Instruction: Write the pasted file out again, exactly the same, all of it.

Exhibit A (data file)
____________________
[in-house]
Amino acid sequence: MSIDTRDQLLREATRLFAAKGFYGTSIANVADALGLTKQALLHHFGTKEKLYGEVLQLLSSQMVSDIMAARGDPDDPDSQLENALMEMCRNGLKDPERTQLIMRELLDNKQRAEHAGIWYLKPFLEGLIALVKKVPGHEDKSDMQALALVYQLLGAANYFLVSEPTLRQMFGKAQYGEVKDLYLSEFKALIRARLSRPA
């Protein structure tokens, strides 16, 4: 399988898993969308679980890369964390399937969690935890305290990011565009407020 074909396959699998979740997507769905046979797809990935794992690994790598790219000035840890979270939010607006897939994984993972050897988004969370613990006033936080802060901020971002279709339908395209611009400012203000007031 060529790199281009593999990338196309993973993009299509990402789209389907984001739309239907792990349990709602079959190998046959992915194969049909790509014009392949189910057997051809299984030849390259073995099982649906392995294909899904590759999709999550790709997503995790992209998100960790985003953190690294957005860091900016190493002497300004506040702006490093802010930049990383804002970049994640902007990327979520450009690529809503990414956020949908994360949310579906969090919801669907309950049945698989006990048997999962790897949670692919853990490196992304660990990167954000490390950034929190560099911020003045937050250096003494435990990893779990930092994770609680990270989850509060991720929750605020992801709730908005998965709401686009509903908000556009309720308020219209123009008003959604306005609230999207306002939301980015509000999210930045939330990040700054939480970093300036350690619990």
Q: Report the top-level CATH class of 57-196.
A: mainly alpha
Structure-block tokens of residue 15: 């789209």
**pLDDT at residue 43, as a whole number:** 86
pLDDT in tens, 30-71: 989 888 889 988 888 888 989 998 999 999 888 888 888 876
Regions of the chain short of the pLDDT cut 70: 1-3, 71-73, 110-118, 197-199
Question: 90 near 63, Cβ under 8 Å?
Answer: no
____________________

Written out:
[in-house]
Amino acid sequence: MSIDTRDQLLREATRLFAAKGFYGTSIANVADALGLTKQALLHHFGTKEKLYGEVLQLLSSQMVSDIMAARGDPDDPDSQLENALMEMCRNGLKDPERTQLIMRELLDNKQRAEHAGIWYLKPFLEGLIALVKKVPGHEDKSDMQALALVYQLLGAANYFLVSEPTLRQMFGKAQYGEVKDLYLSEFKALIRARLSRPA
């Protein structure tokens, strides 16, 4: 399988898993969308679980890369964390399937969690935890305290990011565009407020 074909396959699998979740997507769905046979797809990935794992690994790598790219000035840890979270939010607006897939994984993972050897988004969370613990006033936080802060901020971002279709339908395209611009400012203000007031 060529790199281009593999990338196309993973993009299509990402789209389907984001739309239907792990349990709602079959190998046959992915194969049909790509014009392949189910057997051809299984030849390259073995099982649906392995294909899904590759999709999550790709997503995790992209998100960790985003953190690294957005860091900016190493002497300004506040702006490093802010930049990383804002970049994640902007990327979520450009690529809503990414956020949908994360949310579906969090919801669907309950049945698989006990048997999962790897949670692919853990490196992304660990990167954000490390950034929190560099911020003045937050250096003494435990990893779990930092994770609680990270989850509060991720929750605020992801709730908005998965709401686009509903908000556009309720308020219209123009008003959604306005609230999207306002939301980015509000999210930045939330990040700054939480970093300036350690619990």
Q: Report the top-level CATH class of 57-196.
A: mainly alpha
Structure-block tokens of residue 15: 């789209």
**pLDDT at residue 43, as a whole number:** 86
pLDDT in tens, 30-71: 989 888 889 988 888 888 989 998 999 999 888 888 888 876
Regions of the chain short of the pLDDT cut 70: 1-3, 71-73, 110-118, 197-199
Question: 90 near 63, Cβ under 8 Å?
Answer: no